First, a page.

Monday, April 18, 2011

In so far as possible...

Today in the Clear Spring School wood shop, 4th, 5th and 6th grade students will begin making abacuses, and the high school students will return to projects we temporarily abandoned for last week's Turning Around America experience. The following is from Jerome Bruner's book On Knowing: Essays for the Left Hand.
"In so far as possible, a method of instruction should have the objective of leading the child to discover for himself. Telling children and then testing them on what they have been told inevitably has the effect of producing bench-bound learners whose motivation for learning is likely to be extrinsic to the task--pleasing the teacher, getting into college, artificially maintaining self-esteem. The virtues of encouraging discovery are of two kinds. In the first place, he child will make what he learns his own, will fit his discovery into the interior world of culture that he creates for himself. Equally important, discovery and the sense of confidence it provides is the proper reward for learning. It is a reward that, moreover, strengthens the very process that is at the heart of education--disciplined inquiry."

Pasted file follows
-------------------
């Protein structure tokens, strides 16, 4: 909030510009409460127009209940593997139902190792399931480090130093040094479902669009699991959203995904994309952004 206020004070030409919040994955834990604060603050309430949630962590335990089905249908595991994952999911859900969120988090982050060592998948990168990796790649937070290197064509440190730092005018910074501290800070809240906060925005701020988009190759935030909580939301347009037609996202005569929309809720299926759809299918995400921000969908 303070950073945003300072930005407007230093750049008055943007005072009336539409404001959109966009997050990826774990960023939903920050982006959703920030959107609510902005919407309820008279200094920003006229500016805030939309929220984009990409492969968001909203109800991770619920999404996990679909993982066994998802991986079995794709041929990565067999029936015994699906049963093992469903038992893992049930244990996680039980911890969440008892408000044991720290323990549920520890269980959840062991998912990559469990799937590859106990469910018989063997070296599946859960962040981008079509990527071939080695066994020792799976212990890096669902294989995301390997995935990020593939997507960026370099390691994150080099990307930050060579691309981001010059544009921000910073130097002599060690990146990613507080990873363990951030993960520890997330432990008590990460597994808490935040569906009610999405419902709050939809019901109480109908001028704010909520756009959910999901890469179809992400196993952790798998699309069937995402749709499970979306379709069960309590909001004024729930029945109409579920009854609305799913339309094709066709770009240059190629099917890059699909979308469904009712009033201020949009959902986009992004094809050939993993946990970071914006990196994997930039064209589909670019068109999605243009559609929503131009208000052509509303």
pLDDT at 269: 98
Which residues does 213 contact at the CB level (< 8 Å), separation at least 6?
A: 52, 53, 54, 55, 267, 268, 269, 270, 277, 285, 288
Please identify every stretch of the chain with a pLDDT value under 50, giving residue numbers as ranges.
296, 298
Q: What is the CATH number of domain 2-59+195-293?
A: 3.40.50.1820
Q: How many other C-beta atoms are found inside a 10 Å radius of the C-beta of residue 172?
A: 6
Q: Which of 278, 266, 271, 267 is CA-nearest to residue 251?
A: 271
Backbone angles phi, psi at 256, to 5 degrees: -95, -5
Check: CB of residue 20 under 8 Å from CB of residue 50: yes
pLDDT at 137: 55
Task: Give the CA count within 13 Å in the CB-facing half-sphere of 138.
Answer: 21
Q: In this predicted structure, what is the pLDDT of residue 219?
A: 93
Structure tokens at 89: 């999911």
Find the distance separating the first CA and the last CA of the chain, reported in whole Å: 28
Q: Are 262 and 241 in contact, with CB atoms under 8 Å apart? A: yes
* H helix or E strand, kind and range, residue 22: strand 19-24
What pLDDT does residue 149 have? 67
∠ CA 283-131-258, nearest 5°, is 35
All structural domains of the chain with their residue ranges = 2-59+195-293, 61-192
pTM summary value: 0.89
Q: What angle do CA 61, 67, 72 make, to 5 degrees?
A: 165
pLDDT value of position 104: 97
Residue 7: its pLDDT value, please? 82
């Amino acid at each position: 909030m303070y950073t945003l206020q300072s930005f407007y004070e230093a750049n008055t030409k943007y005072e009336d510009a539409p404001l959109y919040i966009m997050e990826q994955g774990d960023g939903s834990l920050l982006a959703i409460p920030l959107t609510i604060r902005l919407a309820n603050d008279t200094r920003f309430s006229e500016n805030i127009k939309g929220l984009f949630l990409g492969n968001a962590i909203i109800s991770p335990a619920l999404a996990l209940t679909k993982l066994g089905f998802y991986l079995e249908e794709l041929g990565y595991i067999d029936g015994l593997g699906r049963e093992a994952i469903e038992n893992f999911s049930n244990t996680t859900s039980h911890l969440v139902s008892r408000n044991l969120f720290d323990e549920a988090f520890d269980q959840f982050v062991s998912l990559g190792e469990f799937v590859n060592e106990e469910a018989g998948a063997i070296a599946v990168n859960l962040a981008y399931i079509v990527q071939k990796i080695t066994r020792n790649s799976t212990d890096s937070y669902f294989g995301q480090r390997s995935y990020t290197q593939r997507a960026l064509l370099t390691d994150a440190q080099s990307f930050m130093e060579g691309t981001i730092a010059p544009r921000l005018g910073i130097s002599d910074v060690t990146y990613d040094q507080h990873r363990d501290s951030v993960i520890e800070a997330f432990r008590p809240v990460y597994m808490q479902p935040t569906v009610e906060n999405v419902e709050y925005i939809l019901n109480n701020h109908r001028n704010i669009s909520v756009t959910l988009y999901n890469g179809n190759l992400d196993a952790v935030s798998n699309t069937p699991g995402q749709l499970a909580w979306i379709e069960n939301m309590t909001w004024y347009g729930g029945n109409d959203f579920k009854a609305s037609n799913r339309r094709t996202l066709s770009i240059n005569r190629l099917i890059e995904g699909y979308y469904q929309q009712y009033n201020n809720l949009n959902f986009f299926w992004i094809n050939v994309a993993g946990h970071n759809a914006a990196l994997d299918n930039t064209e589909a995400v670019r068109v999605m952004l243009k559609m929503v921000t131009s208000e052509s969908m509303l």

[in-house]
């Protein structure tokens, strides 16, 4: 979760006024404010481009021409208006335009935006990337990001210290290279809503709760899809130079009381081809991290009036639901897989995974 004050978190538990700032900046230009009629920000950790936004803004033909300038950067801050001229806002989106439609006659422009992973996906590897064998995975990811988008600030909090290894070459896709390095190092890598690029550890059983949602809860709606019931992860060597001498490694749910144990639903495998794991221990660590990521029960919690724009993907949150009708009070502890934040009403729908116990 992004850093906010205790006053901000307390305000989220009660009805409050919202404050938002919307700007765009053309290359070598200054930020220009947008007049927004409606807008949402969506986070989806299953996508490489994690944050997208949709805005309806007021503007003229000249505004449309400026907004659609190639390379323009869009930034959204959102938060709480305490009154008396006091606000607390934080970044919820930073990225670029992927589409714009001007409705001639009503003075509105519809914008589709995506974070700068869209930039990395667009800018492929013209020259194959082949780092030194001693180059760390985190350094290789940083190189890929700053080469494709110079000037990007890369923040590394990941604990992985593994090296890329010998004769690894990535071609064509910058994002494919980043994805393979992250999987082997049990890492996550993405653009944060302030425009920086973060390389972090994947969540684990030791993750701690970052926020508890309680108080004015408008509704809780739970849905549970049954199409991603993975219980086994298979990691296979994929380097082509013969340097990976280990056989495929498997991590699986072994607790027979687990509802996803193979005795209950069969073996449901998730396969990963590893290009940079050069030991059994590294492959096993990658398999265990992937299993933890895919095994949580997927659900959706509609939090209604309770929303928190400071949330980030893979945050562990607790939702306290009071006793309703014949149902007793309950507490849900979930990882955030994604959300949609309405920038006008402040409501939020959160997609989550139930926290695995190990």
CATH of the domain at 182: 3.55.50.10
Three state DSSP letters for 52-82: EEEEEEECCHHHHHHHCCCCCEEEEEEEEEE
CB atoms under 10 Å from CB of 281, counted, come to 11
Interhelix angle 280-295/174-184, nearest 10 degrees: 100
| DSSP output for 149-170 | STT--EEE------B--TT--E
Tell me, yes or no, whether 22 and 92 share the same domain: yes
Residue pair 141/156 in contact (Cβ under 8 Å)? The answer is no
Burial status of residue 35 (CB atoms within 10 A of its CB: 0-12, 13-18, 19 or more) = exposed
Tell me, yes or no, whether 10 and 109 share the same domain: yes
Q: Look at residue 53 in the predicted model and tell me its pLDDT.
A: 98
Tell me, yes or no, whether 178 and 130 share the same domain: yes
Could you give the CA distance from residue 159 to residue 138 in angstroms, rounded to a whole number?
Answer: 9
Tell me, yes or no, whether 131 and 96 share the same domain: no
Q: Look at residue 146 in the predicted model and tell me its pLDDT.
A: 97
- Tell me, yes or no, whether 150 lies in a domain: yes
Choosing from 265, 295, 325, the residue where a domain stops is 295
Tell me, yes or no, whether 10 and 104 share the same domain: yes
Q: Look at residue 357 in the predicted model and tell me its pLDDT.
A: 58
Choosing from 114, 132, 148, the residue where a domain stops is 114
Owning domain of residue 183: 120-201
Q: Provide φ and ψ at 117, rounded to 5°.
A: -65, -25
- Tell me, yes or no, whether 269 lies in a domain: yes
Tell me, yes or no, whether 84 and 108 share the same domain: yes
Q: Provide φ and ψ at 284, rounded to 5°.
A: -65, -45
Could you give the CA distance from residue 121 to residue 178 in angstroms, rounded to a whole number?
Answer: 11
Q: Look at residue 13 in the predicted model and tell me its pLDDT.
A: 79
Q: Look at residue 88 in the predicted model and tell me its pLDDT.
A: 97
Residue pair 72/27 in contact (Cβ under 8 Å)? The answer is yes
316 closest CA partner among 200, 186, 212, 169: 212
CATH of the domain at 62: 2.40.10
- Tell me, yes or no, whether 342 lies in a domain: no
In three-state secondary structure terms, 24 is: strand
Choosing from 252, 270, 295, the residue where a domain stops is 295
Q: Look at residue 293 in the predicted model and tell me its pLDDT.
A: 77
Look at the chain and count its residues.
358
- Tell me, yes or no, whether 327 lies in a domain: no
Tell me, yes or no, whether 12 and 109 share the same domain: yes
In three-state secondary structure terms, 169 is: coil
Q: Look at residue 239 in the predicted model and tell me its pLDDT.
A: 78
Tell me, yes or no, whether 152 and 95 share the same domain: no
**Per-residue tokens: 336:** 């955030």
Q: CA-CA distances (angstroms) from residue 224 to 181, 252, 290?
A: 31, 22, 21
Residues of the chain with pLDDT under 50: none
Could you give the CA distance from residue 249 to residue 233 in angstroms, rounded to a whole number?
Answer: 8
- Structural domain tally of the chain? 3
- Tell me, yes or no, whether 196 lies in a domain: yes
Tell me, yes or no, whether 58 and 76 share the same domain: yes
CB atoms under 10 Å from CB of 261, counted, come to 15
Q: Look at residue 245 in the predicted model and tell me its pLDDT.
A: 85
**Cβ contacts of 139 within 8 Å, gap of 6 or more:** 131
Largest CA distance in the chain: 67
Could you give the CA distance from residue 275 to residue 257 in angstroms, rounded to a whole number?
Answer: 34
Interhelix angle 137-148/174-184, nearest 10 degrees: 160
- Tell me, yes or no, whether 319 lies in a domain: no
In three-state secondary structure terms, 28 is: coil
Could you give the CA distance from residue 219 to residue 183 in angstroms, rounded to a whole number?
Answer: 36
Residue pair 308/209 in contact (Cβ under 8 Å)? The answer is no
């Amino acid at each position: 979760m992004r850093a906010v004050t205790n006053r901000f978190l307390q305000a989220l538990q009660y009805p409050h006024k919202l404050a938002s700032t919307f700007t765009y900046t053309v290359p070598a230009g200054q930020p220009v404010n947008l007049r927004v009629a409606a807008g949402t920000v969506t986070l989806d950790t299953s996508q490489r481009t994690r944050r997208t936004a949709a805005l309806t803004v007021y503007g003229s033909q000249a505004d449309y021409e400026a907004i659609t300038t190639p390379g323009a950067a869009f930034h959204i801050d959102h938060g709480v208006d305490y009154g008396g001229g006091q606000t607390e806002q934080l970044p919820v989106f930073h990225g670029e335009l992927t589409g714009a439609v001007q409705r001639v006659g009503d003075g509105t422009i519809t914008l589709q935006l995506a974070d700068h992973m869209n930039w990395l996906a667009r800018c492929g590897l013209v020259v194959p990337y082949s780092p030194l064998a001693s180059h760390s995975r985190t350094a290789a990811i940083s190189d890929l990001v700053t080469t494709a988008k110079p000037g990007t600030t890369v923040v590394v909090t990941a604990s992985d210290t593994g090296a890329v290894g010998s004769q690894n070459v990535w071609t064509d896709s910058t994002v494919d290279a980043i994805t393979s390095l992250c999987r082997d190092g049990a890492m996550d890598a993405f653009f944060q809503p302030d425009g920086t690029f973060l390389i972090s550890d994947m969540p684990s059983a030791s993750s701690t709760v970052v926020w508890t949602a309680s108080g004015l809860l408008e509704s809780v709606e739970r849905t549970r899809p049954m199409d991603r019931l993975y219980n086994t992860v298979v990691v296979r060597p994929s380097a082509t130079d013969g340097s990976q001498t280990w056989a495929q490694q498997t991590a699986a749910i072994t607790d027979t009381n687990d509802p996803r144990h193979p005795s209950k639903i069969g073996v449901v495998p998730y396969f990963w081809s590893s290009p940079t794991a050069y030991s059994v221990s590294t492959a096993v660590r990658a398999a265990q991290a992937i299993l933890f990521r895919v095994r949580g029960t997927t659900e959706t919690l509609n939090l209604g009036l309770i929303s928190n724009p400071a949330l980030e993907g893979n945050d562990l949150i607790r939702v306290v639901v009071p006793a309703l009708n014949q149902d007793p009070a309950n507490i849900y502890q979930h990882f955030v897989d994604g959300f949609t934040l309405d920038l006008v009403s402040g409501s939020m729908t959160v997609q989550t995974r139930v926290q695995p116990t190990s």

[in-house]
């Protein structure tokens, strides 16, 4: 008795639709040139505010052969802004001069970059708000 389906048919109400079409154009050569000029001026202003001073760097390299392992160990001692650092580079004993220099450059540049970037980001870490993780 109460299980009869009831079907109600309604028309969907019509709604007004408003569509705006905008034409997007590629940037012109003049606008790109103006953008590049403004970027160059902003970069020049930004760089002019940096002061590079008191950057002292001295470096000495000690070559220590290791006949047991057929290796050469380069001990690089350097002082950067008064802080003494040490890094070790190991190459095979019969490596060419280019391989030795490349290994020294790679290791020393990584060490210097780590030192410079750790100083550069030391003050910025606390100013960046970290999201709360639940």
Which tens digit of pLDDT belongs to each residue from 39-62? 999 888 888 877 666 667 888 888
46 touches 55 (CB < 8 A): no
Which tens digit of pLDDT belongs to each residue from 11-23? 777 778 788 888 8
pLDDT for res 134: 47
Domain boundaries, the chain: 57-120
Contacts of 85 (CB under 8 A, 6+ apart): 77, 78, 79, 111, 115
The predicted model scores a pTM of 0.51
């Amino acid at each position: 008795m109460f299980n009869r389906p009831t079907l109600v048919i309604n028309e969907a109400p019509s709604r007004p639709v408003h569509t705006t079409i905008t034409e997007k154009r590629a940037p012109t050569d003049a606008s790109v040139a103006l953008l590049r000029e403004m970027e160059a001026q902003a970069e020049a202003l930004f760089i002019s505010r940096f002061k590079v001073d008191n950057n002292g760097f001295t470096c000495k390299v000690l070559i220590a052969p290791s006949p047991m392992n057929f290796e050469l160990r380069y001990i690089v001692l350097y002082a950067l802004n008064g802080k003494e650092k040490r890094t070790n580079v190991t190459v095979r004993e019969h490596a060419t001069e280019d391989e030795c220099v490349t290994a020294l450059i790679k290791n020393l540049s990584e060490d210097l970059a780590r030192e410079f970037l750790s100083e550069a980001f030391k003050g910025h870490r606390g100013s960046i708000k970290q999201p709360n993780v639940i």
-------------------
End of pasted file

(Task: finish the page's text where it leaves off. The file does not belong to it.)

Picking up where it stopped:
The hand is constantly seeking the truth and thus finding it. If we want our schools to succeed in their goals, and for students to grow toward success in life, we must ask for a revolution in which classrooms are replaced by laboratories and workshops, in which students can pursue both the arts and science and discover themselves. Bruner's book was written in 1964. Charles H. Hamm's book Mind and Hand, proposing the solution I seek was written in 1886. Imagine what our schools would be today if we had applied wisdom to education when it was first available to us. The photo above is from 2003 and the 7th and 8th grade class making birdhouses of their own design. The photos at left show today's upper elementary class project, making abacuses for the study of math.

1 comment:

  1. Do you know what they call someone who uses an abacus? An abacusser.